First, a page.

Placental contribution to the origins of sexual dimorphism in health and diseases: sex chromosomes and epigenetics

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dc.contributor.author Junien, Claudine
dc.contributor.author Gabory, Anne
dc.contributor.author Rosebool, Tessa J.
dc.contributor.author Moore, Thomas F.
dc.contributor.author Moore, Lorna G.
dc.contributor.author Junien, Claudine
dc.date.accessioned 2016-09-01T08:40:23Z
dc.date.available 2016-09-01T08:40:23Z
dc.date.issued 2013-03-21
dc.identifier.citation Gabory, A., Roseboom, T. J., Moore, T., Moore, L. G. and Junien, C. (2013) 'Placental contribution to the origins of sexual dimorphism in health and diseases: sex chromosomes and epigenetics', Biology of Sex Differences 4:5, http://dx.doi.org/10.1186/2042-6410-4-5 en
dc.identifier.volume 4 en
dc.identifier.startpage 5-1 en
dc.identifier.endpage 5-14 en
dc.identifier.issn 2042-6410
dc.identifier.uri http://hdl.handle.net/10468/3048
dc.identifier.doi 10.1186/2042-6410-4-5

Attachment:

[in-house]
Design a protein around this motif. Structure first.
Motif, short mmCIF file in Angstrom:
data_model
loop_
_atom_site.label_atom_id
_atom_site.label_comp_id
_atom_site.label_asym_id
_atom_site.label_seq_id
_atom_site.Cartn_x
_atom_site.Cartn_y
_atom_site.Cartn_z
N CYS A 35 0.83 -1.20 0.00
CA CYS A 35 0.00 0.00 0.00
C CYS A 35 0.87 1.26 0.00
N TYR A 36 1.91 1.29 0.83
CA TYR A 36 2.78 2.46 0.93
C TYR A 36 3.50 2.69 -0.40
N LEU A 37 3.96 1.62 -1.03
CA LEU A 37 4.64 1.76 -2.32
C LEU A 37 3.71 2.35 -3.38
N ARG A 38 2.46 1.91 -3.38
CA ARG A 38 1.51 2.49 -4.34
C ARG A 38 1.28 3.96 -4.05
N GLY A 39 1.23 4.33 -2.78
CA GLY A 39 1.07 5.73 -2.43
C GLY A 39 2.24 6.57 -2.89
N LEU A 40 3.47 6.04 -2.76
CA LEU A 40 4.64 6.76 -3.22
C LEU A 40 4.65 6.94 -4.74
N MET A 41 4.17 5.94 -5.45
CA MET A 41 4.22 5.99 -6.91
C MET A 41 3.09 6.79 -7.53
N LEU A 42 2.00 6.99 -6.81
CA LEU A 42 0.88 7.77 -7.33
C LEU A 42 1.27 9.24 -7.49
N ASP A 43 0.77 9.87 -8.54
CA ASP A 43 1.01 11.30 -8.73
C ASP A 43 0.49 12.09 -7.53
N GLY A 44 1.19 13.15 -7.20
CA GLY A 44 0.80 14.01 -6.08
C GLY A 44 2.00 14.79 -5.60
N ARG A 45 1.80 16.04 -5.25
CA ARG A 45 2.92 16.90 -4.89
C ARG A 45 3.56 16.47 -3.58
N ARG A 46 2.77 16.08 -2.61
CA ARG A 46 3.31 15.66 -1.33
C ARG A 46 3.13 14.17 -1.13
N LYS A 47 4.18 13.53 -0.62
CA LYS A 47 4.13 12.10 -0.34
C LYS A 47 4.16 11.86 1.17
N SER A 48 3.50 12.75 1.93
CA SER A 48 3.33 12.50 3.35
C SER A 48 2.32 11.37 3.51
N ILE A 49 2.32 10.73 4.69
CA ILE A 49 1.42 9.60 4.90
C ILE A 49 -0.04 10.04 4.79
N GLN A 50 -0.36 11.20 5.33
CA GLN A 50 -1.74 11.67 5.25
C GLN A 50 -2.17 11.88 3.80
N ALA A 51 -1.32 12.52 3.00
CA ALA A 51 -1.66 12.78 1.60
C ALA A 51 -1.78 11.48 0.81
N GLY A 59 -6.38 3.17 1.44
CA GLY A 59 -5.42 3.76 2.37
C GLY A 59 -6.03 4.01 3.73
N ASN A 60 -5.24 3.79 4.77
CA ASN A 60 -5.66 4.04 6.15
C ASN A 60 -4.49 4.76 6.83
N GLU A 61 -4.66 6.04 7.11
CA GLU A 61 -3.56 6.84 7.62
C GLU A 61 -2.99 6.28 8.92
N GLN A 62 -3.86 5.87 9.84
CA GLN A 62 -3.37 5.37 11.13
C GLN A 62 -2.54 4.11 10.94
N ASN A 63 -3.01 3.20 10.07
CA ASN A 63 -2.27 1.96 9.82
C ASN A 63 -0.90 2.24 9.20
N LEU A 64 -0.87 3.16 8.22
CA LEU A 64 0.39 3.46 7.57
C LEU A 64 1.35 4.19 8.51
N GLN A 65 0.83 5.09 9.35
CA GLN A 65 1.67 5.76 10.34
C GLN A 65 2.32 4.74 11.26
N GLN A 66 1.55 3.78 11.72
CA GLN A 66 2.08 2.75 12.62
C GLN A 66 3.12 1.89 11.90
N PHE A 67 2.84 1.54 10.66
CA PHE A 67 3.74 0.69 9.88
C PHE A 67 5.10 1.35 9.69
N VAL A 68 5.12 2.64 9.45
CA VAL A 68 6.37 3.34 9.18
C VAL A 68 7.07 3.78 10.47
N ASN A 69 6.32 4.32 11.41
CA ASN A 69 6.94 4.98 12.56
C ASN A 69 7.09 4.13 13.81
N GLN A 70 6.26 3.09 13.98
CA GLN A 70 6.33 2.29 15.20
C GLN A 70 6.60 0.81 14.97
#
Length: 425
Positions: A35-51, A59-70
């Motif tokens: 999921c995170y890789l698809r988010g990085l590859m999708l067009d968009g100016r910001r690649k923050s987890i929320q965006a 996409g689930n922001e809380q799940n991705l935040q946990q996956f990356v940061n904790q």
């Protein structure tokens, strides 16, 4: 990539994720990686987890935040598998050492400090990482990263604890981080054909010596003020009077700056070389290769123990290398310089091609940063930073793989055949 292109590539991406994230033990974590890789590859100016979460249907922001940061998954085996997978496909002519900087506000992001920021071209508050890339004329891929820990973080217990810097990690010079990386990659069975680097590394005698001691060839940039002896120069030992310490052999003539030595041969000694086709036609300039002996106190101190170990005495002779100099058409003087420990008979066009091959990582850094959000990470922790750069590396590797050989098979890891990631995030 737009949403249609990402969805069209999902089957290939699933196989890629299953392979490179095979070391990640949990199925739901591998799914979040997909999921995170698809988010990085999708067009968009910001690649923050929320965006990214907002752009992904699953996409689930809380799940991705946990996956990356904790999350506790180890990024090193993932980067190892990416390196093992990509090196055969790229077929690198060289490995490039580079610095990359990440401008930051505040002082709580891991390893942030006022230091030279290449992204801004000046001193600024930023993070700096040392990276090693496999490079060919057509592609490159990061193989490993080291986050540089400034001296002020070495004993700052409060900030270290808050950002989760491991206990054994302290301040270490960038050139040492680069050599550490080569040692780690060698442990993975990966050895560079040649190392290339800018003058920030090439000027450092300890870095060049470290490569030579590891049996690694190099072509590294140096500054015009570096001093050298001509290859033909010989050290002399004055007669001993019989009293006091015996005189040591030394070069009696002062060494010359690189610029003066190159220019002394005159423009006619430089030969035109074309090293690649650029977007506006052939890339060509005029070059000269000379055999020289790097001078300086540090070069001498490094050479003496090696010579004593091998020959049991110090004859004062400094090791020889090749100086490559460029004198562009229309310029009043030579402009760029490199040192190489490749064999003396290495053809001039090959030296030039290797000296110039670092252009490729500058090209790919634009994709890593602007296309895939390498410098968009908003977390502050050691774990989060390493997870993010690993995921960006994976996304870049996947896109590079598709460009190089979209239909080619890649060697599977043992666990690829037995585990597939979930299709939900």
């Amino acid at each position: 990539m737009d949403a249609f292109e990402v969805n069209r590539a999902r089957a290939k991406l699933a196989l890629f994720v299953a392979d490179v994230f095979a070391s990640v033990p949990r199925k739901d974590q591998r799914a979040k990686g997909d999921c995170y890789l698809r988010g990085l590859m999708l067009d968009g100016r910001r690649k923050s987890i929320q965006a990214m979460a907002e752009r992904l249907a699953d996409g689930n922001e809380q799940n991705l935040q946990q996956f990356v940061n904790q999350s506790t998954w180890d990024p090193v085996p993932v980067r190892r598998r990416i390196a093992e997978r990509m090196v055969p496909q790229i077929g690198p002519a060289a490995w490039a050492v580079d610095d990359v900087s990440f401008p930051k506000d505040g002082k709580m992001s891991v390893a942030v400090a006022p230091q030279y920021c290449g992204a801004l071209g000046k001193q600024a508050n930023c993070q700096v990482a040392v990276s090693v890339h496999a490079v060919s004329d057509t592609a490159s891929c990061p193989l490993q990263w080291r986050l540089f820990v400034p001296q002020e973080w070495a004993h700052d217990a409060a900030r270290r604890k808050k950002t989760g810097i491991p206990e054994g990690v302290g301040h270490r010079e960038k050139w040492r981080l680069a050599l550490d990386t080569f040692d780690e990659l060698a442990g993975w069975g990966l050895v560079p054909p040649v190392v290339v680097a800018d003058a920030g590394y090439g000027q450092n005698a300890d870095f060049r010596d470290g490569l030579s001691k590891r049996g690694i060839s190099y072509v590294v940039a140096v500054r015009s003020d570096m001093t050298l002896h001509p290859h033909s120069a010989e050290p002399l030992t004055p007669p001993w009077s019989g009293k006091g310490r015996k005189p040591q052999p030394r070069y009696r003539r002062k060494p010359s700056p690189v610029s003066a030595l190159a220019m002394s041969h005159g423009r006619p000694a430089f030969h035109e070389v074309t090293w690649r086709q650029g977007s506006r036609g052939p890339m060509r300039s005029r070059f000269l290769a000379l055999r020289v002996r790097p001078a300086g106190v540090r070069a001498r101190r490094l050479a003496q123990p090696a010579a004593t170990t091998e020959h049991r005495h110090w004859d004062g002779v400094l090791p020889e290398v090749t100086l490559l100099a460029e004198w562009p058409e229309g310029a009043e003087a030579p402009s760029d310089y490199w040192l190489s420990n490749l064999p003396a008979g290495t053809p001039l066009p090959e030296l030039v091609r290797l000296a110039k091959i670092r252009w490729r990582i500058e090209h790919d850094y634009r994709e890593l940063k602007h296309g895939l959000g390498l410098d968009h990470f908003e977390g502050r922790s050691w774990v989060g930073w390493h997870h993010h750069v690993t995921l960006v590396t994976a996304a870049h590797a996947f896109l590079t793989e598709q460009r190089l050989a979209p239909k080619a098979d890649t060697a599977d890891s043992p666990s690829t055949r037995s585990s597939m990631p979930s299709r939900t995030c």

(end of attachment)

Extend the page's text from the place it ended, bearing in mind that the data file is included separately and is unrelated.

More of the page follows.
dc.description.abstract Sex differences occur in most non-communicable diseases, including metabolic diseases, hypertension, cardiovascular disease, psychiatric and neurological disorders and cancer. In many cases, the susceptibility to these diseases begins early in development. The observed differences between the sexes may result from genetic and hormonal differences and from differences in responses to and interactions with environmental factors, including infection, diet, drugs and stress. The placenta plays a key role in fetal growth and development and, as such, affects the fetal programming underlying subsequent adult health and accounts, in part for the developmental origin of health and disease (DOHaD). There is accumulating evidence to demonstrate the sex-specific relationships between diverse environmental influences on placental functions and the risk of disease later in life. As one of the few tissues easily collectable in humans, this organ may therefore be seen as an ideal system for studying how male and female placenta sense nutritional and other stresses, such as endocrine disruptors. Sex-specific regulatory pathways controlling sexually dimorphic characteristics in the various organs and the consequences of lifelong differences in sex hormone expression largely account for such responses. However, sex-specific changes in epigenetic marks are generated early after fertilization, thus before adrenal and gonad differentiation in the absence of sex hormones and in response to environmental conditions. Given the abundance of X-linked genes involved in placentogenesis, and the early unequal gene expression by the sex chromosomes between males and females, the role of X- and Y-chromosome-linked genes, and especially those involved in the peculiar placenta-specific epigenetics processes, giving rise to the unusual placenta epigenetic landscapes deserve particular attention. However, even with recent developments in this field, we still know little about the mechanisms underlying the early sex-specific epigenetic marks resulting in sex-biased gene expression of pathways and networks. As a critical messenger between the maternal environment and the fetus, the placenta may play a key role not only in buffering environmental effects transmitted by the mother but also in expressing and modulating effects due to preconceptional exposure of both the mother and the father to stressful conditions. en